ROUNDABOUT @ Summerhall
If you went on a date and could be brutally honest to the person you’re meeting for the first time, what would you say? Would you perhaps tell them that their job sucks? Or maybe that the only reason you’re there is to get over your ex? Would you ever take the bull by the horns and ask whether you’re going to end up in bed together and how regularly you’d be having sex with them? Or instead make them promise to spend the next fifty years with you?
In this piece of new writing presented by Paines Plough, Mancunian author Miriam Battye dissects the scenario of a first date with heart-wrenching frankness. Any attempt to pinpoint whether we are watching a drama or a comedy might prove challenging, and this play might be better described as a satirical drama or a painful comedy. Personally, I am more inclined towards the former, as I left the auditorium with a bitter aftertaste from the way it ends. No spoilers here, don’t worry!
Jenny (Letty Thomas) and Adam (Archie Backhouse) meet in a pub and are navigating the conventional interactions of a first in-person encounter. Only Jenny can’t be bothered with the pleasantries, and constantly pokes the conversation with unfiltered remarks that make her non-confrontational companion shrink in his seat. She blatantly has a chip on her shoulder, from all the casual wrongs she has previously been a victim of; all the ghosting, the mansplaining and the gaslighting. However it’s hard to sympathise, as she deliberately puts an unwilling Adam on the spot at any given opportunity. She’s mouthy and he’s overly apologetic, in an ill-conceived pairing that makes us as uncomfortable as he visibly feels.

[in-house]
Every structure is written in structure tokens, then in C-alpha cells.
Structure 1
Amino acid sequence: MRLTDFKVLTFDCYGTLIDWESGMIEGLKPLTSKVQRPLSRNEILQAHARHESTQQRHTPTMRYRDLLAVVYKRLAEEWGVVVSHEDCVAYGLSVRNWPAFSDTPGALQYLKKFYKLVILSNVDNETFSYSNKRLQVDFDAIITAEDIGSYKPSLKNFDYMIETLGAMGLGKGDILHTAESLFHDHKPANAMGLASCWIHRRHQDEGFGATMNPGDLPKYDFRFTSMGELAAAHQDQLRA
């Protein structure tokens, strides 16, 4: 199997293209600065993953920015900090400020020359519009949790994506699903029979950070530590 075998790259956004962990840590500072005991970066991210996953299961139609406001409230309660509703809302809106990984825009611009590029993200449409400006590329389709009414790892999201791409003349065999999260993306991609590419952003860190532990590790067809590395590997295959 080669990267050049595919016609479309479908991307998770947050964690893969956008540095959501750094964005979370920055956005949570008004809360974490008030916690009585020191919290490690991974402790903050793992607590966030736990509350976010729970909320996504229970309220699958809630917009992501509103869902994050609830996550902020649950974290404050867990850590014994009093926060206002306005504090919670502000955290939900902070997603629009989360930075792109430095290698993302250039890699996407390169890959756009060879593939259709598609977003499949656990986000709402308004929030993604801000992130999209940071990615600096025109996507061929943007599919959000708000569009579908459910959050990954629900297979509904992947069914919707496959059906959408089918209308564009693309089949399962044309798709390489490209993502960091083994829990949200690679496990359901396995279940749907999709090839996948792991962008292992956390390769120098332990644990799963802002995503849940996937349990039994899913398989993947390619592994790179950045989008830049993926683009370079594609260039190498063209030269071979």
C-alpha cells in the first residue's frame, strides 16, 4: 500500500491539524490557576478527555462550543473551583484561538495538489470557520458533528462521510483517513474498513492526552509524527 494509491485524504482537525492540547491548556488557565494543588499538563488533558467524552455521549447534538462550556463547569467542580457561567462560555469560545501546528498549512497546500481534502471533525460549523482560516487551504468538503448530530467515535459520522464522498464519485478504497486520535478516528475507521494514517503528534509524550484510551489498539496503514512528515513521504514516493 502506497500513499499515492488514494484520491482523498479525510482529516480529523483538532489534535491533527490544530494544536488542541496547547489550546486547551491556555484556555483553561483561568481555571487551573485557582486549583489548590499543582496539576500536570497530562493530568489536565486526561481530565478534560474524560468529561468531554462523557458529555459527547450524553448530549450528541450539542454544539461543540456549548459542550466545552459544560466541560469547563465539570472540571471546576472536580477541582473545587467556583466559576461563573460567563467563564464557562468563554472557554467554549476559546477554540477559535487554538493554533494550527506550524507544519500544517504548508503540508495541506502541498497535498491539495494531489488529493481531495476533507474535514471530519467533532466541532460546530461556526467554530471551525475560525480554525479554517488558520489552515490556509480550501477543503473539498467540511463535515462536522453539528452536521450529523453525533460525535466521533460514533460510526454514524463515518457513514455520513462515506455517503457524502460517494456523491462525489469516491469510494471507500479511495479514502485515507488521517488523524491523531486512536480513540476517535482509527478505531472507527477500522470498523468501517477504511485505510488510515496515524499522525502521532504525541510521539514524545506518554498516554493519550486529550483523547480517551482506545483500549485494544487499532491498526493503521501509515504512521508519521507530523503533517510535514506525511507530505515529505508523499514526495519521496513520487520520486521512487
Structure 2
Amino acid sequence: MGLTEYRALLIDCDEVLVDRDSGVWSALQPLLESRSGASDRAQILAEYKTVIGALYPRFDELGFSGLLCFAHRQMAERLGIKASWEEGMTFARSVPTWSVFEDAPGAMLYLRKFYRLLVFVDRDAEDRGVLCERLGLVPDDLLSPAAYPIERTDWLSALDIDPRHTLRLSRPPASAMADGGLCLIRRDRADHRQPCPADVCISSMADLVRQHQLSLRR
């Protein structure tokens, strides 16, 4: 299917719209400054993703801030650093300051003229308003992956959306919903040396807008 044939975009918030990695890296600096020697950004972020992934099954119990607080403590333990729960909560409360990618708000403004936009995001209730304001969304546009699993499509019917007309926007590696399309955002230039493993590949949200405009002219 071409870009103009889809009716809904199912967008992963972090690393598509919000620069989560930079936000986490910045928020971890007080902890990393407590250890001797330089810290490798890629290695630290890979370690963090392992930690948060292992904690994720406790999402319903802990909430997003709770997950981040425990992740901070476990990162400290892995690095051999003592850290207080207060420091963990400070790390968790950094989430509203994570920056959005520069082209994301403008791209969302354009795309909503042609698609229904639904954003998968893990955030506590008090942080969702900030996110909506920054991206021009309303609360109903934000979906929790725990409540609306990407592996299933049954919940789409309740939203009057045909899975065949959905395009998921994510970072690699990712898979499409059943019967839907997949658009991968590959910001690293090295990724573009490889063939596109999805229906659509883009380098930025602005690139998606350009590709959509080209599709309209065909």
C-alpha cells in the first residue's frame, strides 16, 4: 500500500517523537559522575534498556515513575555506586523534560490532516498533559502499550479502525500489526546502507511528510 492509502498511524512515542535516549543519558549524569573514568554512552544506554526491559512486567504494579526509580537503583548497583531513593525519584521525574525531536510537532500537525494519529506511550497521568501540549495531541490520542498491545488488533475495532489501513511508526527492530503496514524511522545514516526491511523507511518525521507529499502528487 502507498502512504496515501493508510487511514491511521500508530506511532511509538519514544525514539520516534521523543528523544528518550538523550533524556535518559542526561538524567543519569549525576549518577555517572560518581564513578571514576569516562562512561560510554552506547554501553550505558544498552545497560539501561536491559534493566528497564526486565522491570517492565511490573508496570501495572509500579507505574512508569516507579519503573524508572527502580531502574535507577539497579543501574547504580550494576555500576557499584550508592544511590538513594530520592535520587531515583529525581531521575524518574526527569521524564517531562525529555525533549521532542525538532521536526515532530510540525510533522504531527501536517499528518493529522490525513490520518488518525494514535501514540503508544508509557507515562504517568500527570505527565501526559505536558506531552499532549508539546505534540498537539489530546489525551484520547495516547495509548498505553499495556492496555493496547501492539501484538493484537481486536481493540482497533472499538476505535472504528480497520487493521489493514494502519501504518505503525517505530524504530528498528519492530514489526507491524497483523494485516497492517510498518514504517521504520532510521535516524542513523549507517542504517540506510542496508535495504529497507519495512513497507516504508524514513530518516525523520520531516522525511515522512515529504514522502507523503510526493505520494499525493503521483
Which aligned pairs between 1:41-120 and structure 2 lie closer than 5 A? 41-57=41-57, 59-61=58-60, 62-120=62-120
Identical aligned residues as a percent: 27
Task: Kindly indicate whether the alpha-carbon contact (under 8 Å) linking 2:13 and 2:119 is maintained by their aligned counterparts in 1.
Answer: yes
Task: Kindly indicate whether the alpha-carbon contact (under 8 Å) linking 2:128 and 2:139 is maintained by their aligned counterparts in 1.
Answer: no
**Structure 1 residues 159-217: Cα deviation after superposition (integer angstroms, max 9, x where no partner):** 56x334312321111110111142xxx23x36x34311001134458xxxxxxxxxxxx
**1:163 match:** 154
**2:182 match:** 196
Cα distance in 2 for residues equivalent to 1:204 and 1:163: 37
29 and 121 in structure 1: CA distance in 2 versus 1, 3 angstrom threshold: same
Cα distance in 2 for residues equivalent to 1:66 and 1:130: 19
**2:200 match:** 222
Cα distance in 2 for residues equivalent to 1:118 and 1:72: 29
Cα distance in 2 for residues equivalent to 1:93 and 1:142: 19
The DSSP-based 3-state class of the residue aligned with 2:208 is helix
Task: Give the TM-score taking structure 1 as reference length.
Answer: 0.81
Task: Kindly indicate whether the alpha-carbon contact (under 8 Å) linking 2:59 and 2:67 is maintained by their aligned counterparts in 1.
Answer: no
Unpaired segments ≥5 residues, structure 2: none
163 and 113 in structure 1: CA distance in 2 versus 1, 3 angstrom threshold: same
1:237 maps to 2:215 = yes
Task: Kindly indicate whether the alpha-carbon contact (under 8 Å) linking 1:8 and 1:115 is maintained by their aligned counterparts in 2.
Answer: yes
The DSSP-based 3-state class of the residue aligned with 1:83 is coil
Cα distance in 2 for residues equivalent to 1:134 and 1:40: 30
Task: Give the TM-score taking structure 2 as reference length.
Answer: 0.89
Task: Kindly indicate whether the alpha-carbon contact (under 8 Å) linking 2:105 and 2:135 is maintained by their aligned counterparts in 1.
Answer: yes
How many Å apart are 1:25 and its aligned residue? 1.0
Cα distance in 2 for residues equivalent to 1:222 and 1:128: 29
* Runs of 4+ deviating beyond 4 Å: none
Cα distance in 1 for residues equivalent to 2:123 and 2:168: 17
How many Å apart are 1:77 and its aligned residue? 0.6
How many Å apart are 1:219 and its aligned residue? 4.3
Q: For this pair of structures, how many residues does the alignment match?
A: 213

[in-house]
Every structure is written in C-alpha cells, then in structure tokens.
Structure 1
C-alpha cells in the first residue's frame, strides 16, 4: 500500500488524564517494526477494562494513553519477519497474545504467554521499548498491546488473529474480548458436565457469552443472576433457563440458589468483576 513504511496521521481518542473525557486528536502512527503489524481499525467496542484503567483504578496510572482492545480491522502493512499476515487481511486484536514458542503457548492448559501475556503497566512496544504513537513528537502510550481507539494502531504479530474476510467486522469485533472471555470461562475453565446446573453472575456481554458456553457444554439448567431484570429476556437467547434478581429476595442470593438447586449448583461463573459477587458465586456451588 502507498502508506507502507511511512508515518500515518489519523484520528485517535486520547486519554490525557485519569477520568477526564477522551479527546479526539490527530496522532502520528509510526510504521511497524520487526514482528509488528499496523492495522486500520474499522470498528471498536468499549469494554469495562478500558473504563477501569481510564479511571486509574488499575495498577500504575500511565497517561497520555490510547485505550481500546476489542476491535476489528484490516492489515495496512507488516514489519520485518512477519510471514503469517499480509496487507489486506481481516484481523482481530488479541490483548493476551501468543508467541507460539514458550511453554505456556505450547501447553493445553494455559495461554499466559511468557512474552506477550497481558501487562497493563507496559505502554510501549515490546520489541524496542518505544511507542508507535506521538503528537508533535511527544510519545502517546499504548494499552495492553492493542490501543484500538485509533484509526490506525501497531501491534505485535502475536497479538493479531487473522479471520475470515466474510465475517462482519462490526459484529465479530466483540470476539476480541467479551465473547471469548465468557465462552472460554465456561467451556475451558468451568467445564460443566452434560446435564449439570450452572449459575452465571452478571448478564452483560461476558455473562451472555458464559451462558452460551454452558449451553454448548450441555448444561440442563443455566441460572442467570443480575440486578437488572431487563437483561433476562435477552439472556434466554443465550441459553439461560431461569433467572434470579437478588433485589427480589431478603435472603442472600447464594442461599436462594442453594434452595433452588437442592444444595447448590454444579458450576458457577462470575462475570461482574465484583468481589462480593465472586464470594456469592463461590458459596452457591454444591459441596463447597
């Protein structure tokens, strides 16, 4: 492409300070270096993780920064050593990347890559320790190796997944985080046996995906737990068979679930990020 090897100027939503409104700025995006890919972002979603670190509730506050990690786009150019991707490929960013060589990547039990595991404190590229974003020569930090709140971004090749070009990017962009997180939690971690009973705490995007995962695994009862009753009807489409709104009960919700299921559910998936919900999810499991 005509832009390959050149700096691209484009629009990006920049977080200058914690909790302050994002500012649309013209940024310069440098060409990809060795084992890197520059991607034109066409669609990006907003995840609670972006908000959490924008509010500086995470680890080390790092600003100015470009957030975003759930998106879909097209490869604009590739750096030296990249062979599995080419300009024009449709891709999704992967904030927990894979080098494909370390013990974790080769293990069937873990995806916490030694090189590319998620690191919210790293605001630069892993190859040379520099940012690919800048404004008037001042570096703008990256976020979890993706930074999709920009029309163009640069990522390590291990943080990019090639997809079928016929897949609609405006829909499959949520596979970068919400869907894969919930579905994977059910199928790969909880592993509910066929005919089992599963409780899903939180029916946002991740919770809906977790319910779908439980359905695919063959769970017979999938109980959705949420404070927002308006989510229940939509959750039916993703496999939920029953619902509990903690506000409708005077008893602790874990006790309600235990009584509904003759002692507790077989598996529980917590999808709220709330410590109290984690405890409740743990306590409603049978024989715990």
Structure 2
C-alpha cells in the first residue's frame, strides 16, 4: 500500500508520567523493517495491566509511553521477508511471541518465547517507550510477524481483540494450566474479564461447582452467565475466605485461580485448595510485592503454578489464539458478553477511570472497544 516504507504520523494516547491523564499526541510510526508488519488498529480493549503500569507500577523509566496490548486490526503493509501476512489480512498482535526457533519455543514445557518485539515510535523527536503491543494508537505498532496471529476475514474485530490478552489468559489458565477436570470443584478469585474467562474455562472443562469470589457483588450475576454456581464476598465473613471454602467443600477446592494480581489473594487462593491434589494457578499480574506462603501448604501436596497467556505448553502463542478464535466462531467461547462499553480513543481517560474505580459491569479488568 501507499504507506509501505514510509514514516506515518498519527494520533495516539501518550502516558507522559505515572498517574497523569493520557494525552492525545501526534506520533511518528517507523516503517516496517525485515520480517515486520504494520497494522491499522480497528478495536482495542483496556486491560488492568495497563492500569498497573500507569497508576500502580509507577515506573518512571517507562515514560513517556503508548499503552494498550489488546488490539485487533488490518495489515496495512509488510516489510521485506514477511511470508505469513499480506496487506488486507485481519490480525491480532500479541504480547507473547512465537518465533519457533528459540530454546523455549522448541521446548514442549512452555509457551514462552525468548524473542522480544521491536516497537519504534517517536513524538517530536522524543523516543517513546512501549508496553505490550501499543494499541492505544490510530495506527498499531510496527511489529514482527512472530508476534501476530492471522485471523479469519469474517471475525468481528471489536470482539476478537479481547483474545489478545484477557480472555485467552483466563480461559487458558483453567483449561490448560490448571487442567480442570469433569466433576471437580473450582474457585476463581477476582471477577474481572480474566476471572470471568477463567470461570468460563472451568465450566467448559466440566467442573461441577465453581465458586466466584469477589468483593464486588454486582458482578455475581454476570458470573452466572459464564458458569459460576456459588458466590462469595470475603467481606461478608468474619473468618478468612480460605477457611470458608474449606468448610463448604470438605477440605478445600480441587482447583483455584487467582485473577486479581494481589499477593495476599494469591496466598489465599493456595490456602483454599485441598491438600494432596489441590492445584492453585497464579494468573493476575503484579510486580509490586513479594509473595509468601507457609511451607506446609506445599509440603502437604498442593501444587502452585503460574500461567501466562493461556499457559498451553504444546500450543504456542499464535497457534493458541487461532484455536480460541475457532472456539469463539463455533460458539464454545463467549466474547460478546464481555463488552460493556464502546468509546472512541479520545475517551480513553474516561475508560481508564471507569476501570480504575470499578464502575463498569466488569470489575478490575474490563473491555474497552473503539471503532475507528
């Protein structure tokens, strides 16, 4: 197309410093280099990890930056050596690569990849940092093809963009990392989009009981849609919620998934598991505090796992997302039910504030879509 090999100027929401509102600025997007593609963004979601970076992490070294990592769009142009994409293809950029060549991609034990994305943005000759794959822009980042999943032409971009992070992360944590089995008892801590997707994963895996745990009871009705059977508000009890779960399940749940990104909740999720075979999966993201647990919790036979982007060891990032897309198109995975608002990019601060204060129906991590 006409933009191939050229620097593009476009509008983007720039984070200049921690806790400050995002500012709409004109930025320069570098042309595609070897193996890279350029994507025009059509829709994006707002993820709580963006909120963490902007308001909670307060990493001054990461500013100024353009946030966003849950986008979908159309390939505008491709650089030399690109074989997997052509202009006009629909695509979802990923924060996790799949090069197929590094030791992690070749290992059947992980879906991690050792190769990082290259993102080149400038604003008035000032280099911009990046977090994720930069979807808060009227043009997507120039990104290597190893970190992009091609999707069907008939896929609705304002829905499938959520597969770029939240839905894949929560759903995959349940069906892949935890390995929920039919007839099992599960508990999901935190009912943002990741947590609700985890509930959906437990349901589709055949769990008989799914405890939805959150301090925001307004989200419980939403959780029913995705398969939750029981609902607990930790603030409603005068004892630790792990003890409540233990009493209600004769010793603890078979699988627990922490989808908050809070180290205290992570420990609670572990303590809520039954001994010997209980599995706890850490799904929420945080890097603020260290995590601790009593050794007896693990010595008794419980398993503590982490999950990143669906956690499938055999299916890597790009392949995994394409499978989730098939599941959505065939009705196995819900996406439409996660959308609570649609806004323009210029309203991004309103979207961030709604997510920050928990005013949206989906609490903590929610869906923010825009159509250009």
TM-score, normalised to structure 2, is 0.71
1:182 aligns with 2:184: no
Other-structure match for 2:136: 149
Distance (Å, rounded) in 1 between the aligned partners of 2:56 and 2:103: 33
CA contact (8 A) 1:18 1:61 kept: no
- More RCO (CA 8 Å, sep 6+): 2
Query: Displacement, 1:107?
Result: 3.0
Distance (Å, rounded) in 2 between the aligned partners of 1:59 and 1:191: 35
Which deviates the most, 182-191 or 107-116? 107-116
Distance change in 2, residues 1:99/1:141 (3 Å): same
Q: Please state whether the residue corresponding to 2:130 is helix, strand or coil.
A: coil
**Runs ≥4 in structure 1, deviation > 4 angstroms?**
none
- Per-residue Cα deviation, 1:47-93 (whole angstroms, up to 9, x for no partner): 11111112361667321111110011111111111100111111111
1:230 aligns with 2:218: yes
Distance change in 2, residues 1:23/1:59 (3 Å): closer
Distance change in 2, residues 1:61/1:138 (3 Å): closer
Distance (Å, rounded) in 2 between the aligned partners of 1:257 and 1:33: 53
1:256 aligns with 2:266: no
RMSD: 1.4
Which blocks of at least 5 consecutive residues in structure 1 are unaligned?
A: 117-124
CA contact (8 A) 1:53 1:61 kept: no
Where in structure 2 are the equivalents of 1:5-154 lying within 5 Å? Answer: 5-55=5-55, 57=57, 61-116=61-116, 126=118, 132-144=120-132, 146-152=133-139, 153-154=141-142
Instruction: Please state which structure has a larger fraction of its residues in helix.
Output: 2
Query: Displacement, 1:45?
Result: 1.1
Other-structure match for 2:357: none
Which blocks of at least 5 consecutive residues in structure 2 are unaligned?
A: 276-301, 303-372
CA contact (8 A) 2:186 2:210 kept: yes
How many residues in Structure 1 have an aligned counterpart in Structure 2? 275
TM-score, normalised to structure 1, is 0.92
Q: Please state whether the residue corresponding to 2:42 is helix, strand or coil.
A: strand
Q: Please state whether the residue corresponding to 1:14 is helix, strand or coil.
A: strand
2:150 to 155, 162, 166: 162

Set in the round (the clue is in the venue’s name), Rhys Jarman’s pivoting platform allows the whole audience to appreciate the action from different angles. It’s a striking metaphor for the actual him-her dynamics in which, despite the array of perspectives on offer, it is nigh on impossible to take sides.
Regardless of its outcome, the date is a relatable toxic cocktail of self-destructive insecurity, deep-seated trauma and inability to live in the moment, enacted by Thomas and Backhouse with blistering realism. It dispassionately exposes the vulnerability of many relationships to the hand of egotistic partners who fail to meet halfway. Fast forward to the end of our seventy minutes and we’re gutted to find out that Jenny – who has been leading proceedings until this point – can’t be as frank with herself as she has been with Adam.
Written by: Miriam Battye
Directed by: Katie Posner
Produced by: Paines Plough, Soho Theatre, Belgrade Theatre, Landmark Theatres
Strategic Love Play played as part of EdFringe 2023.